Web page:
Our Client, a citizen of Canada and national of Iran, was found inadmissible under INA § 212(a)(3)(A)(ii) [security related ground] in January 2003 for failure to register her departures from the United States under the National Security Entry Exit Registration System (“NSEERS”).
In 2002, at age 17, our Client began traveling to the U.S. by herself to visit her then-boyfriend. She was properly registered for the National Security Entry Exit Registration System (NSEERS) by CBP because she was born in Iran. Unfortunately, our Client did not properly understand all of the parameters of the NSEERS program and unknowingly, violated its provisions by failing to register her departures from the U.S. and surrender her I-94’s. In fact, our Client understood that she was required to keep her I-94’s in her passport.
In January 2003, during pre-flight inspection at the Montreal Airport, CBP refused our Client admission under INA § 212(a)(3)(A)(ii), alleging that she was inadmissible for having violated the provisions of the NSEERS program. INA § 212(a)(3)(A)(ii) provides that:
Any alien who a consular officer of the Attorney General knows, or has reasonable grounds to believe, seeks to enter the United States to engage solely, principally, or incidentally in any unlawful activity is inadmissible.
Our Client was found inadmissible under INA § 212(a)(3)(A)(ii) for failing to register her departures from the United States as required under the NSEERS program. Her failure to register her departures in turn created a presumption of inadmissibility pursuant to 8 C.F.R. 264.1(f)(8)(ii), which states:
Any nonimmigrant alien subject to special registration who fails, without good cause, to be examined by an inspecting officer at the time of his or her departure and to have his or her departure recorded by the inspecting officer shall thereafter be presumed to be inadmissible under, but not limited to, section 212(a)(3)(A)(ii) of the Act (8 U.S.C. 1182(a)(3)(A)(ii)), as an alien whom the Secretary of Homeland Security has reasonable grounds to believe, based on the alien’s past failure to confirm with the requirements for special registration, seeks to enter the United States to engage in unlawful activity.
However, 8 C.F.R. § 264.1(f)(8)(iii) also specifies:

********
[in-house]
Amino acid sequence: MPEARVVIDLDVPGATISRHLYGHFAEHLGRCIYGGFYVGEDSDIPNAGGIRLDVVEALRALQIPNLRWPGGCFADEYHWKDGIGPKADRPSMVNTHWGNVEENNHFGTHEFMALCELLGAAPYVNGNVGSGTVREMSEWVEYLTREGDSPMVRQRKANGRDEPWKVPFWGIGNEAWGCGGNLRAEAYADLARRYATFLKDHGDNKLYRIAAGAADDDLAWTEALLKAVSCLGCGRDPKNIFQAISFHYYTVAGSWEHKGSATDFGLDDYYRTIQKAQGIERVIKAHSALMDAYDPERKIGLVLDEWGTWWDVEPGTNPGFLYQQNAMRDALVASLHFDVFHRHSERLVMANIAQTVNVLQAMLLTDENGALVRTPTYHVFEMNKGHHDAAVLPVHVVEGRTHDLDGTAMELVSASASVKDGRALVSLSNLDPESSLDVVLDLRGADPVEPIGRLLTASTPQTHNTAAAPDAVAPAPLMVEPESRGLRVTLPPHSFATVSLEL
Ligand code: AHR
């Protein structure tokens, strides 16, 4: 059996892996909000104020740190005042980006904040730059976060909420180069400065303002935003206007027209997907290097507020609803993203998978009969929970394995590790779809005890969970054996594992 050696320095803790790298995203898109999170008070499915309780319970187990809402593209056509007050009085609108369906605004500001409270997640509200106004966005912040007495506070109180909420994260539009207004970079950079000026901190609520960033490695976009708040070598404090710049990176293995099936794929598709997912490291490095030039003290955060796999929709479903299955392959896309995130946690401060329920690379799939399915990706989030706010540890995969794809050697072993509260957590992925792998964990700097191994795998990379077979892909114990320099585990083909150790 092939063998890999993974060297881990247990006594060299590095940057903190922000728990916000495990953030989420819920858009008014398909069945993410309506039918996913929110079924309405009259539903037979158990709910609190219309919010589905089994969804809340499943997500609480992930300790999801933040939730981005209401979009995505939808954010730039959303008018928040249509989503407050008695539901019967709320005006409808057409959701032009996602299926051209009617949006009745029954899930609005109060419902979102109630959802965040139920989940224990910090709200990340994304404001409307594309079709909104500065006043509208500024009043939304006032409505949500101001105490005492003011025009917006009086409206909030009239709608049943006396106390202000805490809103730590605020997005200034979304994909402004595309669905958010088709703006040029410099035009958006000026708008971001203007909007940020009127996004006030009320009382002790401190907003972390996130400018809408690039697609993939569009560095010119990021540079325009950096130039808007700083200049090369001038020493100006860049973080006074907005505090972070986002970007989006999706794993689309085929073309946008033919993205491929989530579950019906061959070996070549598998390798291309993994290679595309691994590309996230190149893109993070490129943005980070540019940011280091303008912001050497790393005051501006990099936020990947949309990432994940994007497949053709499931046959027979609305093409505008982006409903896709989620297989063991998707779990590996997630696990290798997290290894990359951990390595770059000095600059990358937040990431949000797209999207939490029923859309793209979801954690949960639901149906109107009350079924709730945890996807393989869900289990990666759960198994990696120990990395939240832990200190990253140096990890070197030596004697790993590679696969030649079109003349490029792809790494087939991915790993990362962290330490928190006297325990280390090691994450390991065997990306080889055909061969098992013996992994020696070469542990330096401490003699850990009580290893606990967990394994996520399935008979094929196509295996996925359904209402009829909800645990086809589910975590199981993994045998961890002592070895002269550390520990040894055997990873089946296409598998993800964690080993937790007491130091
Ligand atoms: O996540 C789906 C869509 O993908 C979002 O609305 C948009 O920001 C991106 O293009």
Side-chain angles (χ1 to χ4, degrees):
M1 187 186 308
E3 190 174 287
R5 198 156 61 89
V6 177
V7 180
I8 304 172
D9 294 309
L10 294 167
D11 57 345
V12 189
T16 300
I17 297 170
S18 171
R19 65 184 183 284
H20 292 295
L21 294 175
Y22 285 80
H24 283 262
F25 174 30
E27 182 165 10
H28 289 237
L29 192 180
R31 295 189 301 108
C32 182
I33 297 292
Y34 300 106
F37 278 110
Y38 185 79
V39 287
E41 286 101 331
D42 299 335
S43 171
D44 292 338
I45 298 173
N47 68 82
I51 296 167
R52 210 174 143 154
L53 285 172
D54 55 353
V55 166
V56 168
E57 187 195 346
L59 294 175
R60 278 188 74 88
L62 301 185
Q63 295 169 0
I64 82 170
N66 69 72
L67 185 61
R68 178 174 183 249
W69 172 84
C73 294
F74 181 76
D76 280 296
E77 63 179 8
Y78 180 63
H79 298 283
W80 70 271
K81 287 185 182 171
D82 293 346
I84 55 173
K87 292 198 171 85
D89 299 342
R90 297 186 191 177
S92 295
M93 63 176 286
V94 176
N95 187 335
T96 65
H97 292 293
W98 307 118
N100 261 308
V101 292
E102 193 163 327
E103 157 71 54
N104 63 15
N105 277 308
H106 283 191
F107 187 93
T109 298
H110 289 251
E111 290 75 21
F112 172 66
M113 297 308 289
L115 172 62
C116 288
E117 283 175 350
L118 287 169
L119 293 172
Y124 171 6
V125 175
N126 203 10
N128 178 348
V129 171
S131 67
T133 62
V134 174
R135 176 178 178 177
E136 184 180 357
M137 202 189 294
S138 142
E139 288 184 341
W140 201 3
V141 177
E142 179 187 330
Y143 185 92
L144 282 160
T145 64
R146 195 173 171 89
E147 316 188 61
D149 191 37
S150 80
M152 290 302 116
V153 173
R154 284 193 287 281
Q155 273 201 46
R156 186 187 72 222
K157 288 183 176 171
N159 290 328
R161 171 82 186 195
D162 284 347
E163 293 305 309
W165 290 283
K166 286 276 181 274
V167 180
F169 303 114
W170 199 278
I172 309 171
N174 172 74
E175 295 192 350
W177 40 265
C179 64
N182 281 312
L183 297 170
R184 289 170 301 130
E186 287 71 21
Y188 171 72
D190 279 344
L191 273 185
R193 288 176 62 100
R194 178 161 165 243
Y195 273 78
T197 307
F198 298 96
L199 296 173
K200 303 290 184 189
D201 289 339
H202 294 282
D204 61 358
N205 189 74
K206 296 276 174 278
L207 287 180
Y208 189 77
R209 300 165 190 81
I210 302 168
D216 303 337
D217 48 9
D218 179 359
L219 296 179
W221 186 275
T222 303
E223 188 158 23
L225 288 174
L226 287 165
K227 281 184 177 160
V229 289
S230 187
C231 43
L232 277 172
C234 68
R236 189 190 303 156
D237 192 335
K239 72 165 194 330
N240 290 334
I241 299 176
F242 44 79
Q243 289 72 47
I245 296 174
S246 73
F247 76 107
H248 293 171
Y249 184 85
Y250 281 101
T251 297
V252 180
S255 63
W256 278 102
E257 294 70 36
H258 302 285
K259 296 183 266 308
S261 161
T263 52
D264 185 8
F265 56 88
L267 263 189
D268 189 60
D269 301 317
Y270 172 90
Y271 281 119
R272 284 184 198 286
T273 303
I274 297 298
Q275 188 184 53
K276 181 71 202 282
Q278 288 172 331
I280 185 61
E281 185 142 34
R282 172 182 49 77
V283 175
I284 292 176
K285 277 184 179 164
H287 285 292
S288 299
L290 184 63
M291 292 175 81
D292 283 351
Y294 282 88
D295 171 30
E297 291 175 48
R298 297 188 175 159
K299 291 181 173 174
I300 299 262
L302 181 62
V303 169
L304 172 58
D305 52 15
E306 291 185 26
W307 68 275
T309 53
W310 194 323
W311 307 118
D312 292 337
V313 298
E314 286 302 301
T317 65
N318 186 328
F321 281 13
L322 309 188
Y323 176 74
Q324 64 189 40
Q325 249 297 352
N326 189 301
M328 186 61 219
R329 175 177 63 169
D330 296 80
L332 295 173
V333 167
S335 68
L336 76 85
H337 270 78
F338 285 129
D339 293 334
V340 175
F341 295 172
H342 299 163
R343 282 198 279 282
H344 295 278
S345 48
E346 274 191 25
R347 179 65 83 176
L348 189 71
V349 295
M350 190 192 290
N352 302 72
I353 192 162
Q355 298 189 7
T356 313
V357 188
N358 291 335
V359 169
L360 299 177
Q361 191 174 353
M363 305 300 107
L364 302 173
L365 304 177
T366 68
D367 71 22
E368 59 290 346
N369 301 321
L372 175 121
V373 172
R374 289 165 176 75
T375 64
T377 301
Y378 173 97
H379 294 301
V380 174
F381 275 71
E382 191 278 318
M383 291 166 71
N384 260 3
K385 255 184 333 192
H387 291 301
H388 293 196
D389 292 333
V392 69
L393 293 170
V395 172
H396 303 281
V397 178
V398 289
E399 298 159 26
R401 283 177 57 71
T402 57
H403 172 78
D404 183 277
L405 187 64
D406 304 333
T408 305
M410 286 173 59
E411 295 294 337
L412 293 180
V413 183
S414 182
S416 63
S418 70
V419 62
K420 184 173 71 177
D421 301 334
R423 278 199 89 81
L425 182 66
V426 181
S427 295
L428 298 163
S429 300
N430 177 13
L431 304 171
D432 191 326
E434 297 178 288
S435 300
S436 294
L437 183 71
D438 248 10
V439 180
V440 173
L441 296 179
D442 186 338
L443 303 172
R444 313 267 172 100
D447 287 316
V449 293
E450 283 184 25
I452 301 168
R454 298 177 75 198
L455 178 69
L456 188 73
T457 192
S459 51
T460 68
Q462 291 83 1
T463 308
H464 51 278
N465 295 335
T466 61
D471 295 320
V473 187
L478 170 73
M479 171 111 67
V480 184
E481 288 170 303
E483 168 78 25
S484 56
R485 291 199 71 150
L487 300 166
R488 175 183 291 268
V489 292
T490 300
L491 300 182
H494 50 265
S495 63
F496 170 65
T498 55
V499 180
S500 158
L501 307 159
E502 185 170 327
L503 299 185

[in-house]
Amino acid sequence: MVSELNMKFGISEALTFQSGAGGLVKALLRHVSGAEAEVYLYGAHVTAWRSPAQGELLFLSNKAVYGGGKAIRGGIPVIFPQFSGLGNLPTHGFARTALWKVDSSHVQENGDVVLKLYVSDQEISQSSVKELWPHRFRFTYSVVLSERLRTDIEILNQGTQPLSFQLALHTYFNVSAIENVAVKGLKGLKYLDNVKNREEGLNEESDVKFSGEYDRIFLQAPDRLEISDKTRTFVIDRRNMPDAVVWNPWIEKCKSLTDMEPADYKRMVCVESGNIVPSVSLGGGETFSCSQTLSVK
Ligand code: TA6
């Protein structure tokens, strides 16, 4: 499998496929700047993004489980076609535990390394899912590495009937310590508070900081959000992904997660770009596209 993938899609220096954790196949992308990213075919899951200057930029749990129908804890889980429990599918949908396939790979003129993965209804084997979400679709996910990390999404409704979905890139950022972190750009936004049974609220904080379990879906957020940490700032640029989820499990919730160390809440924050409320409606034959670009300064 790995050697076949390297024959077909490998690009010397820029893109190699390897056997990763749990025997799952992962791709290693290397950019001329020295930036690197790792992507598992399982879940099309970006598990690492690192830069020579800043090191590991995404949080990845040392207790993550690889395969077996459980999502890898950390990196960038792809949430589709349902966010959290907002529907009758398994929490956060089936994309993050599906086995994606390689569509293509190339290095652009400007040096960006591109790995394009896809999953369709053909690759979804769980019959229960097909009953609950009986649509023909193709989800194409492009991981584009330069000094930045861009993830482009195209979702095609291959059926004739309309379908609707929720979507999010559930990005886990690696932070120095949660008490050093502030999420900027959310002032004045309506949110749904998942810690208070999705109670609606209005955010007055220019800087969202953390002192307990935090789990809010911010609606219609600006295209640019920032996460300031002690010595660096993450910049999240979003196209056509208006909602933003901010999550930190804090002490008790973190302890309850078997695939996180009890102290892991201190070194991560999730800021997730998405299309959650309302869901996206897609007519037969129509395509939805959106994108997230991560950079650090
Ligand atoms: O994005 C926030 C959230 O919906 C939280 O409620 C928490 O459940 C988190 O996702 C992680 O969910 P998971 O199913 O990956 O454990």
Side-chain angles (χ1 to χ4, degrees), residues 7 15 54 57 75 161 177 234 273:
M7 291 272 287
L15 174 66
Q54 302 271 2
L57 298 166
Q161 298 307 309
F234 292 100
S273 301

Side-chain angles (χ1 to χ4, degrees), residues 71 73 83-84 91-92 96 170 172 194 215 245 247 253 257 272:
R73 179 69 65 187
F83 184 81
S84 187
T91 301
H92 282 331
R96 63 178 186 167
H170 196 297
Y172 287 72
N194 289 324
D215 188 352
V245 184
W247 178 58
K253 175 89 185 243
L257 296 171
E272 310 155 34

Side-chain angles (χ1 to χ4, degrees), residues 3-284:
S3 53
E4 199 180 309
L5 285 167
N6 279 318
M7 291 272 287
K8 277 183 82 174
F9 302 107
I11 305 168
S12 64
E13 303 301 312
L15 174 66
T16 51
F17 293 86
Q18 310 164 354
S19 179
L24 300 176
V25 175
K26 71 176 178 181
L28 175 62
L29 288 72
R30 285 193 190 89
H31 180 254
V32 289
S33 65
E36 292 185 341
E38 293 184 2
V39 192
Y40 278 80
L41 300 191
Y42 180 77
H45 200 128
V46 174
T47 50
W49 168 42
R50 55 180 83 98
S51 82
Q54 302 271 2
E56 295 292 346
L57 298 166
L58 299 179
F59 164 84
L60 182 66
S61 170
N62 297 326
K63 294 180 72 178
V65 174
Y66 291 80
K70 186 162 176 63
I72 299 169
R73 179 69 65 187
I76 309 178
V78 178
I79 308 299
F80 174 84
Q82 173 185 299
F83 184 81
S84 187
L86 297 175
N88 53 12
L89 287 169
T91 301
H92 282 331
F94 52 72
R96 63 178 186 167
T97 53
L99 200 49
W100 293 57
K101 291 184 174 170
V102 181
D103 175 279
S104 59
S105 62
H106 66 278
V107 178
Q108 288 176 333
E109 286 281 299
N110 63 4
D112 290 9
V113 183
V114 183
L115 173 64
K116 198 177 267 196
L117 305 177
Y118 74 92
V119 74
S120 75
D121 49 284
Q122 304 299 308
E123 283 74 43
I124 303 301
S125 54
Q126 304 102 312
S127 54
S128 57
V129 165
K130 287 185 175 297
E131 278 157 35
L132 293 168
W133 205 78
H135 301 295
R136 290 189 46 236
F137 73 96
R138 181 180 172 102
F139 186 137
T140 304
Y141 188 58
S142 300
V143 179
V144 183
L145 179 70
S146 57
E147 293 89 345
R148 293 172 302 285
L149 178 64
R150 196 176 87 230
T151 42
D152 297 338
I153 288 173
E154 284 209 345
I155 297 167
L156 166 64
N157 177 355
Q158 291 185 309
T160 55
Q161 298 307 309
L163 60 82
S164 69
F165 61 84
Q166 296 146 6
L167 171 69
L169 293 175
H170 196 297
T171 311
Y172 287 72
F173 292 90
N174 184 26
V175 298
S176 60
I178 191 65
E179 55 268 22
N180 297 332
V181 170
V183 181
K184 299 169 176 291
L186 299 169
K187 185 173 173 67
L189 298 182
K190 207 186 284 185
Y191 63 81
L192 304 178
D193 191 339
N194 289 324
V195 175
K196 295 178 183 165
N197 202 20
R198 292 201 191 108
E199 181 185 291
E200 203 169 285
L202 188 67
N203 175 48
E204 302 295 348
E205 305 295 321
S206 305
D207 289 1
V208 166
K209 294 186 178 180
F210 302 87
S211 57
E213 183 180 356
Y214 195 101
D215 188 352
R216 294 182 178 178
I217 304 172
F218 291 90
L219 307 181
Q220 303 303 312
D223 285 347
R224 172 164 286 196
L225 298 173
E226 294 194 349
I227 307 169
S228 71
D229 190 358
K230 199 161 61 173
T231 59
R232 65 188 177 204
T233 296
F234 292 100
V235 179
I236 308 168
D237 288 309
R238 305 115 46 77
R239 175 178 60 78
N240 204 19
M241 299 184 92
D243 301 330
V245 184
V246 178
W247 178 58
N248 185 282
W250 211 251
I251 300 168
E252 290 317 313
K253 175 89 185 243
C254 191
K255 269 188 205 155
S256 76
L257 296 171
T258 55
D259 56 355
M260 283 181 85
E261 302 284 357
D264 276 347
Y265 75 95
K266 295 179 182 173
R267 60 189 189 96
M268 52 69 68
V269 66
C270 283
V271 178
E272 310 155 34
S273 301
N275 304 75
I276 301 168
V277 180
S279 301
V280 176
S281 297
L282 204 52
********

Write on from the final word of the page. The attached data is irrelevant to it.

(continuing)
An alien may overcome the presumption of inadmissibility set out in paragraph (f)(8)(ii) by making a showing that he or she satisfies conditions set by the Secretary of Homeland Security and the Secretary of State. If a consular officer, in adjudicating a new visa application by an alien that previously failed to register his or her departure from the United States, finds good cause existed for the alien’s failure to register departure or that the alien is not inadmissible under section 212(a)(3)(A)(ii) of the Act, the inspecting officer at the port-of-entry, while not bound by the consular officer’s decision, will consider this finding as a significantly favorable factor in determining whether the alien is admissible.
In particular, pursuant to DHS policy, the foreign national must prove that his or her failure to comply with the NSEERS registration requirement was not willful. In an April 16, 2012 memorandum released by the Department of Homeland Security (“DHS”) entitled Department of Homeland Security Guidance on Treatment of Individuals Previously Subject to the Reporting and Registration Requirements of the National Security Entry and Exit Registration System, DHS clarified its policy on treatment of individuals who were previously subject to, but failed to comply with, NSEERS requirements.
In pertinent part, the memorandum states that noncompliance with NSEERS requirements, in and of itself, is not a sufficient basis for a finding of inadmissibility. Specifically, the memorandum states that negative immigration consequences may apply* only* where DHS personnel have determined, based on the totality of the evidence, that a foreign national’s NSEERS violation was willful.
Pursuant to the April 16, 2012 DHS memorandum, a “‘willful’ noncompliance will be that which was deliberate, voluntary, or intentional as distinguished from that which was involuntary, unintentional, or otherwise reasonably excusable.” Furthermore, the burden rests on the foreign national to establish that his or her failure to comply with an NSEERS requirement was not willful and not based on personal inconvenience or fear or adverse immigration consequences.
Relying on the applicable regulations and DHS memo, we argued that our Client’s noncompliance with the NSEERS program was unintentional and not willful. We assisted our Client in preparing a personal statement detailing her understanding of the NSEERS program, why she failed to register her departures and surrender her I-94’s, and how she never properly understood the complete parameters of the NSEERS program and thought she was properly complying with the NSEERS program. We also explained to CBP in our submission that our Client had no criminal record, had no reason to avoid registering her departures and was engaging in permissible visitor activities.
After several months of advocacy with CBP, we accompanied our Client to our local Port of Entry to present her for an interview. A few months later, most recently, we were invited to present our Client for admission and inspection in B-2 status. She was successfully admitted and her records in CBP’s database have been updated. Our Client is no longer inadmissible to the U.S. under INA §212(a)(3)(A)(ii) and will be able to now enter the U.S. in the future – whether as an immigrant or as a non-immigrant. This is an extremely major victory for both our Client and our firm – especially given the seriousness of her charge of inadmissibility under a security-related ground and the fact that there is no waiver available to waive this ground of inadmissibility.